system, one of the groups that is attached to the benzene ring is considered to be attached to the number one carbon atom. The other groups are indicated (as they were before) by a prefix and a number to indicate where they are attached on the benzene ring.

Some examples are given here. Here we have 1,2-dichlorobenzene, 1,3dichlorobenzene, and 1,4-dichlorobenzene. Again, the numbers are chosen in such a way as to give the smallest combination of numbers possible. I should point out that although the #1 carbon atom is usually shown at the top of the structural formula, it does not have to be that way.

1,2-dichlorobenzene

1,3-dichlorobenzene

1,4-dichlorobenzene

There is also another type of notation that is often used. This notation is to use the prefix ortho- to indicate that the two functional groups are on adjacent carbon atoms within the ring. So 1,2-dichlorobenzene can also be called ortho-dichlorobenzene. Sometimes the ortho- prefix is abbreviated just with a small letter o-.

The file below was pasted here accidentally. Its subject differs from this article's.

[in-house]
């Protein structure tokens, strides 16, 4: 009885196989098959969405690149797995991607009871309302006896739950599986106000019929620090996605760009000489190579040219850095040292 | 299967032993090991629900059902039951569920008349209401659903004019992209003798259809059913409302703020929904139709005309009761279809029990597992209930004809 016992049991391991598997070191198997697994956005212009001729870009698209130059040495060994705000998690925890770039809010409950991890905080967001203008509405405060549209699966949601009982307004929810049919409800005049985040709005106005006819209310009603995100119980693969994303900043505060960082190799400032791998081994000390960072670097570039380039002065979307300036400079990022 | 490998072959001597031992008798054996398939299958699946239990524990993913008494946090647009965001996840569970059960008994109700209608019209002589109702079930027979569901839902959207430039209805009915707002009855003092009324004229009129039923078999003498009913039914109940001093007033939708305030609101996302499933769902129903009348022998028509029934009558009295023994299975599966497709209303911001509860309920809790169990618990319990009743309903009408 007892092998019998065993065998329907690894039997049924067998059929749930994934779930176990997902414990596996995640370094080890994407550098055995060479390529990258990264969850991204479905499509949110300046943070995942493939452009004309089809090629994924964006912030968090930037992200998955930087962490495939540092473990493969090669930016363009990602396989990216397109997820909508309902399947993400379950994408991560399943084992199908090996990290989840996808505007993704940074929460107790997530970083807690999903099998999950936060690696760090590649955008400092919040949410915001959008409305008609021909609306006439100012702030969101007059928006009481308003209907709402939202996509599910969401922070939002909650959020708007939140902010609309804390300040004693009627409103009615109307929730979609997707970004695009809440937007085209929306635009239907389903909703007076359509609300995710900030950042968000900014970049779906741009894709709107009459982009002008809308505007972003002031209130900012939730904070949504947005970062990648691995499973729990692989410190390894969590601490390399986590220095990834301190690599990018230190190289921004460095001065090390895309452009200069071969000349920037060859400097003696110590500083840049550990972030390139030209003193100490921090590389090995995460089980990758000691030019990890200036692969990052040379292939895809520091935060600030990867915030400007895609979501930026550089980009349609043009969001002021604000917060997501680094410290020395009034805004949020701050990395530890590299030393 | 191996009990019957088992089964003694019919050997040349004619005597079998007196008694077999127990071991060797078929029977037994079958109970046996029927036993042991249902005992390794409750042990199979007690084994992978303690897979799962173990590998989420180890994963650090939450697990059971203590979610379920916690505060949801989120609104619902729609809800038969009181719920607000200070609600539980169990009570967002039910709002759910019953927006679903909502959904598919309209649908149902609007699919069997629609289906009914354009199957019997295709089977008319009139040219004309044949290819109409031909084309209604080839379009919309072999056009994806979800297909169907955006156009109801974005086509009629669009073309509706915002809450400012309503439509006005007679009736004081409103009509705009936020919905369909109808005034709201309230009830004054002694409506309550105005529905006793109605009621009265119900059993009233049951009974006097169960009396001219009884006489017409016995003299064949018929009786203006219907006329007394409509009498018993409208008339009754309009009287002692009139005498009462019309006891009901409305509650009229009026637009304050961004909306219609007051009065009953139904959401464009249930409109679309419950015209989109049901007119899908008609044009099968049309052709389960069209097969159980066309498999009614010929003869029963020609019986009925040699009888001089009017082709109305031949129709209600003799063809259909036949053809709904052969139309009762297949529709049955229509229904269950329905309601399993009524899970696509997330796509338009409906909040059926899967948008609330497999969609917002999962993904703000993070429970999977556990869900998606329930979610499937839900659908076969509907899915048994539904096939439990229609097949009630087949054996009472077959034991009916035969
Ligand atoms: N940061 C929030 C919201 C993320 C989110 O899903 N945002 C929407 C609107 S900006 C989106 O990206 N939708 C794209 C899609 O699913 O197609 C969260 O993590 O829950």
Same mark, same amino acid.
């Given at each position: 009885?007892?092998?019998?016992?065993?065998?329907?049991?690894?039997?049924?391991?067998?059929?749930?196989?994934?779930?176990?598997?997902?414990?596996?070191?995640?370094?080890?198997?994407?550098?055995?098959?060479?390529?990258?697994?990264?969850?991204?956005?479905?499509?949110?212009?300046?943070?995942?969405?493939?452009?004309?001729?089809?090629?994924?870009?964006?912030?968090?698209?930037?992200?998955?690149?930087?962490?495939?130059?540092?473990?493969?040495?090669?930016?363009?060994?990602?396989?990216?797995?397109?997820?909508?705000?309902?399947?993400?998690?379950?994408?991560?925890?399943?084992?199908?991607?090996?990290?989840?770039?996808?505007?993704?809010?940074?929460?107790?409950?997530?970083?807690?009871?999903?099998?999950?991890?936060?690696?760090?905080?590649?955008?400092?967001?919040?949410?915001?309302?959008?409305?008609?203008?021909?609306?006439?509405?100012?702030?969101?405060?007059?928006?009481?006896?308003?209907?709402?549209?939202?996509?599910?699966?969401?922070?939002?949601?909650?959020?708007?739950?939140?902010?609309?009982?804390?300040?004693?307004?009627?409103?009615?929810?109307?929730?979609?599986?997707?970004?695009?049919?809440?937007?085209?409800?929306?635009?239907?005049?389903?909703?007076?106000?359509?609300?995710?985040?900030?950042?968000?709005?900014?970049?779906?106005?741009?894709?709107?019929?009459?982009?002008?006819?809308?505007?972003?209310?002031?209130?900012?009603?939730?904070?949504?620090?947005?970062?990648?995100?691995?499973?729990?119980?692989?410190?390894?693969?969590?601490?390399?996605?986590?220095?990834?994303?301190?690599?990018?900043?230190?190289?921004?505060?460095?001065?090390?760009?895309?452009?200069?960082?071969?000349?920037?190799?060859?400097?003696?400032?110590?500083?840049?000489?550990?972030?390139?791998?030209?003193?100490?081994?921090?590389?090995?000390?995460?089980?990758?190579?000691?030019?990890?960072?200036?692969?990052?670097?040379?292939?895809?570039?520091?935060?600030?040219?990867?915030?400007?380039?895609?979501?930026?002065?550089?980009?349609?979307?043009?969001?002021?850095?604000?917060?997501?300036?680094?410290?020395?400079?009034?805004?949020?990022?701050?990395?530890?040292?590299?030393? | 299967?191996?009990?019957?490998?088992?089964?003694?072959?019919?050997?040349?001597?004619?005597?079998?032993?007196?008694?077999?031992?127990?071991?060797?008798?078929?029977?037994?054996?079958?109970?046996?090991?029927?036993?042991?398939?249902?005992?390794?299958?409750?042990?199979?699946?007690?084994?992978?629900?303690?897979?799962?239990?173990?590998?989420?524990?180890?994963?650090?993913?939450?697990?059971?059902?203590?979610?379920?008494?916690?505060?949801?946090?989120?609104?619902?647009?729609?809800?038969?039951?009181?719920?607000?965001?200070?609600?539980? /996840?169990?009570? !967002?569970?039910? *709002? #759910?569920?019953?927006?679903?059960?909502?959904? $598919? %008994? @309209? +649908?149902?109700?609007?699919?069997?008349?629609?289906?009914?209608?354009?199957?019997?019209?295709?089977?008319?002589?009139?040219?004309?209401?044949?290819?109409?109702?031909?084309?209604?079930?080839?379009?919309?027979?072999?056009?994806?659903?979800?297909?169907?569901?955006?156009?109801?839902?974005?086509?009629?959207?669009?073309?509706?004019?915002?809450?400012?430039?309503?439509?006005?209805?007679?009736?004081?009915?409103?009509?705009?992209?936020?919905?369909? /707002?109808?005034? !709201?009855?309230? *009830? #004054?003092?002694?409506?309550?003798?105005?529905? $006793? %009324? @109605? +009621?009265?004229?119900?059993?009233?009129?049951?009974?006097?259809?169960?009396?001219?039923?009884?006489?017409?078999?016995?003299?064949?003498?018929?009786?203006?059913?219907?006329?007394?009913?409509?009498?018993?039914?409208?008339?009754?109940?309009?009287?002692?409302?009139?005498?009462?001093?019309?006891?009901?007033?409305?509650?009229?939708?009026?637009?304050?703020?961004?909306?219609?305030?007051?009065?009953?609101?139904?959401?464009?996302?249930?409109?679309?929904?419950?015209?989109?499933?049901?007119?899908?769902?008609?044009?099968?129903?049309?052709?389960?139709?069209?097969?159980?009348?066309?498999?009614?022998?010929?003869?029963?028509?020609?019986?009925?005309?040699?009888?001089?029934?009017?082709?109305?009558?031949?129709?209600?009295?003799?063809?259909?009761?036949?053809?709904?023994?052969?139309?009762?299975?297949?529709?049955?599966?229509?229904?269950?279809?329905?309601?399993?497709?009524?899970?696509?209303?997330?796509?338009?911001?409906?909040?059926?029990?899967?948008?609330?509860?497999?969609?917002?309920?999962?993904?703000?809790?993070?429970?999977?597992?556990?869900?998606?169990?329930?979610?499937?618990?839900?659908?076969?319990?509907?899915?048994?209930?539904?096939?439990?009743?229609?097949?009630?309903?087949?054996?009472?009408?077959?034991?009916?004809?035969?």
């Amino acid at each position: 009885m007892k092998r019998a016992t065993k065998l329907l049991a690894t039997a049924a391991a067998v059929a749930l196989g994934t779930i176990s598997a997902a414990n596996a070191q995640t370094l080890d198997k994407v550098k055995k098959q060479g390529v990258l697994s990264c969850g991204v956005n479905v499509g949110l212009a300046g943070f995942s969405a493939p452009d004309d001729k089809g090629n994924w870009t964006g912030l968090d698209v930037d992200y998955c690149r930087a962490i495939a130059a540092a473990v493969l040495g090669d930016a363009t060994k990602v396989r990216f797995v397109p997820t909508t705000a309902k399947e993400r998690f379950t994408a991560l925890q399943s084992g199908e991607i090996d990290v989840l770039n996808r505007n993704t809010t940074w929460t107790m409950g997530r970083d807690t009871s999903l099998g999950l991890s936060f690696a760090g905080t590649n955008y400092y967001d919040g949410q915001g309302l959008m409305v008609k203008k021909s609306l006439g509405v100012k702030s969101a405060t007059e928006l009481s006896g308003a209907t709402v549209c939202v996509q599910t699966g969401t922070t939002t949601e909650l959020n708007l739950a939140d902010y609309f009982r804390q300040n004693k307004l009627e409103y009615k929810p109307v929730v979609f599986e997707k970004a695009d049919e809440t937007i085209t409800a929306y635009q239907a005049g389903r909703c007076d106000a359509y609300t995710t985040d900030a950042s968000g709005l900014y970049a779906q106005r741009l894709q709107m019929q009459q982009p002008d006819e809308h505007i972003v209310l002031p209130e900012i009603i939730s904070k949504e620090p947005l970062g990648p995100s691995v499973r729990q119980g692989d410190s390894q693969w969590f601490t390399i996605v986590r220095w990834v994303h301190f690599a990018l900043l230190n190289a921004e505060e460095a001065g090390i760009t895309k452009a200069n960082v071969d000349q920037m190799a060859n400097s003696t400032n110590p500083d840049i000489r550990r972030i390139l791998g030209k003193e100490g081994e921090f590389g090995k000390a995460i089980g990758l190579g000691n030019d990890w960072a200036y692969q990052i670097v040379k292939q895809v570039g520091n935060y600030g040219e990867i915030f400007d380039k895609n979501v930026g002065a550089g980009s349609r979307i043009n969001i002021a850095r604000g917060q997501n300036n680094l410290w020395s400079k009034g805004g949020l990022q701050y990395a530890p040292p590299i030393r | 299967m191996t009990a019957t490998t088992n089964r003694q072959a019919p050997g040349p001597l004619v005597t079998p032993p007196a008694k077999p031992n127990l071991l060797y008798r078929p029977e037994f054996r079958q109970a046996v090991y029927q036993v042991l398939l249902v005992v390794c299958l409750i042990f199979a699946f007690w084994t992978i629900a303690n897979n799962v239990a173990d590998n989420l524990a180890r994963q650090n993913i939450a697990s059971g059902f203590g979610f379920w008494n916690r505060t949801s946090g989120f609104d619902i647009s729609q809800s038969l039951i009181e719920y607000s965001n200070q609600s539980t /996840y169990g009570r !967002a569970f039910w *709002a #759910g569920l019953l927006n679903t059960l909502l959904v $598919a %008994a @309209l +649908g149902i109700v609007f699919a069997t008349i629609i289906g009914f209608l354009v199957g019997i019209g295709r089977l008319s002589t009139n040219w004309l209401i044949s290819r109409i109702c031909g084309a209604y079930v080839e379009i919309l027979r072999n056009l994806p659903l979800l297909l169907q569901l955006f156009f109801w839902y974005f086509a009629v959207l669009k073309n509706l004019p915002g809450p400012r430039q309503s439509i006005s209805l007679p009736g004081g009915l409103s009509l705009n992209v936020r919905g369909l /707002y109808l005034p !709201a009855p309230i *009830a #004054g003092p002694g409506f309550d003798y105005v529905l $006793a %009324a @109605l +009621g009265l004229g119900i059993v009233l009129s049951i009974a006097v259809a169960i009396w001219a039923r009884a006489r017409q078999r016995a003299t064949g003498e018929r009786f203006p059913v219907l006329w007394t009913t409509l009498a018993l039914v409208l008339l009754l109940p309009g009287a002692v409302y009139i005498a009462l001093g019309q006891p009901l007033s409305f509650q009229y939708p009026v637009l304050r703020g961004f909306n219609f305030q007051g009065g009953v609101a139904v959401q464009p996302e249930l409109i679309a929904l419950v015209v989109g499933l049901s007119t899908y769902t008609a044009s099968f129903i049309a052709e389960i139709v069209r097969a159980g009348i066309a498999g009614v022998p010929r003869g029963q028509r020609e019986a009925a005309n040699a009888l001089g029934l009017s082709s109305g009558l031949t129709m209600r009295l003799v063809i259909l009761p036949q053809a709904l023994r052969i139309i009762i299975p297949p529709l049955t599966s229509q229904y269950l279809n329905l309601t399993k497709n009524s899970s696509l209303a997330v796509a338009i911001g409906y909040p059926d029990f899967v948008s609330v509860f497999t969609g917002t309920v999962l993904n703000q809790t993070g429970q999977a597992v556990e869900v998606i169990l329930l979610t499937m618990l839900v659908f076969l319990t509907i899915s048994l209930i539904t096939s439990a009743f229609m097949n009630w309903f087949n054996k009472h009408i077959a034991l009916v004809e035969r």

orthodichlorobenzene o-dichlorobenzene metadichlorobenzene m-dichlorobenzene para-dichlorobenzene p-dichlorobenzene

If the functional groups are attached to carbon atoms on the ring which have one carbon between them, then they are referred to as being meta to one another. Thus, 1,3-dichlorobenzene is sometimes called meta-dichlorobenzene. Quite often the meta- is abbreviated by simply using the small letter m-. When the two functional groups are on opposite ends of the ring of carbon atoms, they are referred to as being para to one another, and the third compound here can be referred to as para-dichlorobenzene.